Much Talk, Less Walk
In 2015, federal politicians set aside their political differences long enough to pass the Fixing America’s Surface Transportation (FAST) Act. This represented the first comprehensive transportation spending bill passed by Congress in more than a decade, and at the time supplied hope that the bipartisan lovefest could continue such that infrastructure investment in America could be further enhanced.
The FAST Act authorized $305 billion in spending and supplied state/local policymakers and other stakeholders with some certainty for five years. Unfortunately, the last few years have not been associated with the bipartisan problem-solving that many have sought, and accordingly funding for the bill is set to expire in September 2020, just before the next presidential election.
To be sure, there has been talk about a meaningful federal infrastructure package in recent years, even before the pandemic-induced downturn ushered forth discussions of how to stimulate economic activity in the wake of massive unemployment and business failures. During his 2016 presidential campaign, Donald Trump (R) promised to push through a $1 trillion infrastructure stimulus plan in his first year in office. The White House eventually devised and announced such a plan; one using federal tax incentives and support for public/private partnerships to promote infrastructure investment, but it never acquired sufficient political traction.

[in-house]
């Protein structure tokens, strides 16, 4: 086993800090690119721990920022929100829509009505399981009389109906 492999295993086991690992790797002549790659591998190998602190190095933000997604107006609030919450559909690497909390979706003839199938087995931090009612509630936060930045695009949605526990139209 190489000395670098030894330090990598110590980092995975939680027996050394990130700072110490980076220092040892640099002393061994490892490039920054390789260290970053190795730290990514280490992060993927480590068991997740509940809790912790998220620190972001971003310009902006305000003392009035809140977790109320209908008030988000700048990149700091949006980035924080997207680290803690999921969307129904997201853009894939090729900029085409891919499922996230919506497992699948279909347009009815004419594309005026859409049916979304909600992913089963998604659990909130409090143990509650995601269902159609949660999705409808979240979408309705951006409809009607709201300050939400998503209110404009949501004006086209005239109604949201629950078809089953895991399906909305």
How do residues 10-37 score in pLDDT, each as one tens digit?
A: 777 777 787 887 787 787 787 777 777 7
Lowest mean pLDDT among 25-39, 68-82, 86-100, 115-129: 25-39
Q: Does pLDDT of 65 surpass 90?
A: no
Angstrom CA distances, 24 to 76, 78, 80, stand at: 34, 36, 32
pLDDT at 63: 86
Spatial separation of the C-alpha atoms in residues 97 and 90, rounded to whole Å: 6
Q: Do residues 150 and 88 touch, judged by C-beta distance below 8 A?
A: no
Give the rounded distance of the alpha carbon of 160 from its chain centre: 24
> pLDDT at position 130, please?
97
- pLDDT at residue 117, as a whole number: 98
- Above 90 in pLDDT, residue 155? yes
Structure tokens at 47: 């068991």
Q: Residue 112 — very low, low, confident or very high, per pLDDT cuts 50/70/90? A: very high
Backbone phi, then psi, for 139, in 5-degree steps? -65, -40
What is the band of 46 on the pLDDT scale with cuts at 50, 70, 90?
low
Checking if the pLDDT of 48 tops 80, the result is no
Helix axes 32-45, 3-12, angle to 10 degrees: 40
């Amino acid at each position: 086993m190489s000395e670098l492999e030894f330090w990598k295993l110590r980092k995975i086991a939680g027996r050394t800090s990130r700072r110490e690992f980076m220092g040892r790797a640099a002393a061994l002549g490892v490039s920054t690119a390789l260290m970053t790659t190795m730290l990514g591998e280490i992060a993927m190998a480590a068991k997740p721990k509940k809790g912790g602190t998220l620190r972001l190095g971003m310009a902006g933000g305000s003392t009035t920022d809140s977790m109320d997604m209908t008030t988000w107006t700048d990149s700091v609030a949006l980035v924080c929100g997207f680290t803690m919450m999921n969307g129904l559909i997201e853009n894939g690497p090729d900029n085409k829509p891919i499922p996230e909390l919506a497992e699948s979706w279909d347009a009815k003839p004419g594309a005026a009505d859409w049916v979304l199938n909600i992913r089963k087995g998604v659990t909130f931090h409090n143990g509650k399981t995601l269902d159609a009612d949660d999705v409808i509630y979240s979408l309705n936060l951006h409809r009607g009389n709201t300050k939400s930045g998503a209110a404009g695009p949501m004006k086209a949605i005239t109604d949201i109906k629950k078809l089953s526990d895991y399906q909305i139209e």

In 2019, President Trump and Congress, including House Speaker Nancy Pelosi (D) and Senate Minority Leader Chuck Schumer (D), worked to cobble together a $2 trillion infrastructure plan that would have addressed the nation’s deteriorating roads and bridges as well as a number of other priorities. The President, however, ended negotiations after demanding an end to all investigations against him and his administration. According to news reports, Senator Schumer said “he was prepared to give Trump a 35-page plan on how to spend the roughly $2 trillion the two sides agreed to invest in infrastructure.” In any case, while the two sides seemed close to agreeing upon how to spend the money, they had not agreed upon how to pay for it.